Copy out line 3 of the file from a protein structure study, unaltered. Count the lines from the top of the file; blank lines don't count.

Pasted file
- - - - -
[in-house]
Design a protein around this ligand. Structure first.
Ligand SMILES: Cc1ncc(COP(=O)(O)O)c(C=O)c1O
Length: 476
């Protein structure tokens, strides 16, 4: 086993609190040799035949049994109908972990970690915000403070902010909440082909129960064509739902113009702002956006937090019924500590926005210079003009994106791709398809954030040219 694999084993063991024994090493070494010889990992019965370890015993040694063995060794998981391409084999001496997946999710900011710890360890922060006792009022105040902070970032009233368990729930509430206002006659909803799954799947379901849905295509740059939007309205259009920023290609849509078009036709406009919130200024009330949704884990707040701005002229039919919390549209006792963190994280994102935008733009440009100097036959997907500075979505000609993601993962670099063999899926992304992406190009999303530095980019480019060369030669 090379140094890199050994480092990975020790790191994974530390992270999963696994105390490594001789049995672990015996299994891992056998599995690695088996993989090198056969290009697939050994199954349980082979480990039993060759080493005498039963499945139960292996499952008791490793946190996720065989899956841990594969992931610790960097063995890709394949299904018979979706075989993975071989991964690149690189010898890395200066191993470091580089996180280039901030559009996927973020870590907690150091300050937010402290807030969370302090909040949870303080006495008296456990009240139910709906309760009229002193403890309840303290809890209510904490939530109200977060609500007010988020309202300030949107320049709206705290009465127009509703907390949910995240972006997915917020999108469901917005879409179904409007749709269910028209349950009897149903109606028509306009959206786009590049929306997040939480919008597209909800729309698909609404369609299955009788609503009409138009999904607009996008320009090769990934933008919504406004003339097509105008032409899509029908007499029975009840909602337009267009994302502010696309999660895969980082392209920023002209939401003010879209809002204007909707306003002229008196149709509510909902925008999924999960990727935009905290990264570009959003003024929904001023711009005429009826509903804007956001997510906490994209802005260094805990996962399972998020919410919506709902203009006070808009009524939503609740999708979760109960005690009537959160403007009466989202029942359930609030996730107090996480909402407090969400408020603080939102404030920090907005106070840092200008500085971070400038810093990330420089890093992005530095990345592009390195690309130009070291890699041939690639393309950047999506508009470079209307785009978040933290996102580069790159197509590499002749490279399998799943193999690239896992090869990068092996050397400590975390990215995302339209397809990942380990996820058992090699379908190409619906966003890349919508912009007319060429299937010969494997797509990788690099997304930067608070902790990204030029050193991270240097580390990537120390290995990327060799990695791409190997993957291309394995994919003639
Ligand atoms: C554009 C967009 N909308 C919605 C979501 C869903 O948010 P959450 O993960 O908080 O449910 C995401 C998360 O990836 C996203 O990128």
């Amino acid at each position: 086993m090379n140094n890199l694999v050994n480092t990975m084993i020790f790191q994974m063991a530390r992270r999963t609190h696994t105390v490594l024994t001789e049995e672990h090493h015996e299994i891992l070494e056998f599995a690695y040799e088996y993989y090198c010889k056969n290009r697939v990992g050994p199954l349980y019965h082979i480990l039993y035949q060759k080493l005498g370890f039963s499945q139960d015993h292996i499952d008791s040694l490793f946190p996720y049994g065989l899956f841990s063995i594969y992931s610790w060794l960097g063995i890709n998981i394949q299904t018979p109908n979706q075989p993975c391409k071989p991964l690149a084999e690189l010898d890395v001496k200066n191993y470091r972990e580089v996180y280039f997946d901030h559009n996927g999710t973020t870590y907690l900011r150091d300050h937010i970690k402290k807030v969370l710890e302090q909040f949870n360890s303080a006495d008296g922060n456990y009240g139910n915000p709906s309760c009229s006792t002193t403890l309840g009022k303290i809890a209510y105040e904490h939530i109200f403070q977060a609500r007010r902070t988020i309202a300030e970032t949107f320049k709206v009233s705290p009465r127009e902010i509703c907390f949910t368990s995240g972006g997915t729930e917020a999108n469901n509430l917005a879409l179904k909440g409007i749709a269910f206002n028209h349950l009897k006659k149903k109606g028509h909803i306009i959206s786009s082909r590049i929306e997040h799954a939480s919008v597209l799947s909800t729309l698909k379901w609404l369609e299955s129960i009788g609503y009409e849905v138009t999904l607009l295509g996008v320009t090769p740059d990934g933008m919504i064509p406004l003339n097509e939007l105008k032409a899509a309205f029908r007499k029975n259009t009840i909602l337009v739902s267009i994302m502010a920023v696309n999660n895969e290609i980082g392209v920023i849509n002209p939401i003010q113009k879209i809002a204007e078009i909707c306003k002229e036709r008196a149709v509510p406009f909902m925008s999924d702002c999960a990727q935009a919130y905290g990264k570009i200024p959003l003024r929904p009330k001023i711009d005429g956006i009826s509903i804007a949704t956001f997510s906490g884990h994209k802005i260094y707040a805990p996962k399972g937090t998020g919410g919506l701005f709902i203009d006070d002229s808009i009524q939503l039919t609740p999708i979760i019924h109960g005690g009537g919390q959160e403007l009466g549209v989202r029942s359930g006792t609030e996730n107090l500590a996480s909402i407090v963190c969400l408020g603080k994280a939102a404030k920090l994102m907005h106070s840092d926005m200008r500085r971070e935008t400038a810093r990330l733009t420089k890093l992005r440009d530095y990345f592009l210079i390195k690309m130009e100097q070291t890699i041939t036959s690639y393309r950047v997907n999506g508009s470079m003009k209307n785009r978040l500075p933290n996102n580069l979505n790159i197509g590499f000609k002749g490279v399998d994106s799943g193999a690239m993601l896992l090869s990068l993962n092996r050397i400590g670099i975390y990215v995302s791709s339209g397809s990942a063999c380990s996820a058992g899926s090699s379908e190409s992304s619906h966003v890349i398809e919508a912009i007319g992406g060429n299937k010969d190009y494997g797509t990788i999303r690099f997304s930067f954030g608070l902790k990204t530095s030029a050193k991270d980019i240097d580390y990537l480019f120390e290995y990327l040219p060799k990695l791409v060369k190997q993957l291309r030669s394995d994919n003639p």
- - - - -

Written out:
Ligand SMILES: Cc1ncc(COP(=O)(O)O)c(C=O)c1O